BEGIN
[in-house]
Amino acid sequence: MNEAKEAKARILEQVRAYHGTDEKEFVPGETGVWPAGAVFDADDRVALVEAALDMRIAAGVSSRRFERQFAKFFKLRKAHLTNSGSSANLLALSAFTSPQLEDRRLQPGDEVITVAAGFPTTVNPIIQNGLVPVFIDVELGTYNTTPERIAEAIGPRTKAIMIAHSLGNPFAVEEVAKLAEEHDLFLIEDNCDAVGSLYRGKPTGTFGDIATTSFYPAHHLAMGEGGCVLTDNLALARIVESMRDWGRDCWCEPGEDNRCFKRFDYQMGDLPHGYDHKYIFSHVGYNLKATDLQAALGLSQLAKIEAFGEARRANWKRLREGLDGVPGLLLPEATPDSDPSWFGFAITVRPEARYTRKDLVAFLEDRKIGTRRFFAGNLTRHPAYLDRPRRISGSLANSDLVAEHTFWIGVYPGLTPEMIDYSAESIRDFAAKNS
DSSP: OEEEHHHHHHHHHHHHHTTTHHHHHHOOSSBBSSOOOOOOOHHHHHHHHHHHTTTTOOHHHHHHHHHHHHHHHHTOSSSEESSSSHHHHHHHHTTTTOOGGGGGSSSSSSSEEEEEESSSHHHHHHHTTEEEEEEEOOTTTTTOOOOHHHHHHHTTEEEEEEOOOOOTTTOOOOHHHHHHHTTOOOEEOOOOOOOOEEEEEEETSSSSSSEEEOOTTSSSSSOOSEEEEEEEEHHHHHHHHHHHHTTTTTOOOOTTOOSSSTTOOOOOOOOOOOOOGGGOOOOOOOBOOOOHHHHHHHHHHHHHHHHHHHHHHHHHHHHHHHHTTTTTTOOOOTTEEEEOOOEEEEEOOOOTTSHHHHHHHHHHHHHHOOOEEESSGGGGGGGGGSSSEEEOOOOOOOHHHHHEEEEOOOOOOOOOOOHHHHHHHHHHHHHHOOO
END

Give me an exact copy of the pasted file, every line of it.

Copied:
[in-house]
Amino acid sequence: MNEAKEAKARILEQVRAYHGTDEKEFVPGETGVWPAGAVFDADDRVALVEAALDMRIAAGVSSRRFERQFAKFFKLRKAHLTNSGSSANLLALSAFTSPQLEDRRLQPGDEVITVAAGFPTTVNPIIQNGLVPVFIDVELGTYNTTPERIAEAIGPRTKAIMIAHSLGNPFAVEEVAKLAEEHDLFLIEDNCDAVGSLYRGKPTGTFGDIATTSFYPAHHLAMGEGGCVLTDNLALARIVESMRDWGRDCWCEPGEDNRCFKRFDYQMGDLPHGYDHKYIFSHVGYNLKATDLQAALGLSQLAKIEAFGEARRANWKRLREGLDGVPGLLLPEATPDSDPSWFGFAITVRPEARYTRKDLVAFLEDRKIGTRRFFAGNLTRHPAYLDRPRRISGSLANSDLVAEHTFWIGVYPGLTPEMIDYSAESIRDFAAKNS
DSSP: OEEEHHHHHHHHHHHHHTTTHHHHHHOOSSBBSSOOOOOOOHHHHHHHHHHHTTTTOOHHHHHHHHHHHHHHHHTOSSSEESSSSHHHHHHHHTTTTOOGGGGGSSSSSSSEEEEEESSSHHHHHHHTTEEEEEEEOOTTTTTOOOOHHHHHHHTTEEEEEEOOOOOTTTOOOOHHHHHHHTTOOOEEOOOOOOOOEEEEEEETSSSSSSEEEOOTTSSSSSOOSEEEEEEEEHHHHHHHHHHHHTTTTTOOOOTTOOSSSTTOOOOOOOOOOOOOGGGOOOOOOOBOOOOHHHHHHHHHHHHHHHHHHHHHHHHHHHHHHHHTTTTTTOOOOTTEEEEOOOEEEEEOOOOTTSHHHHHHHHHHHHHHOOOEEESSGGGGGGGGGSSSEEEOOOOOOOHHHHHEEEEOOOOOOOOOOOHHHHHHHHHHHHHHOOO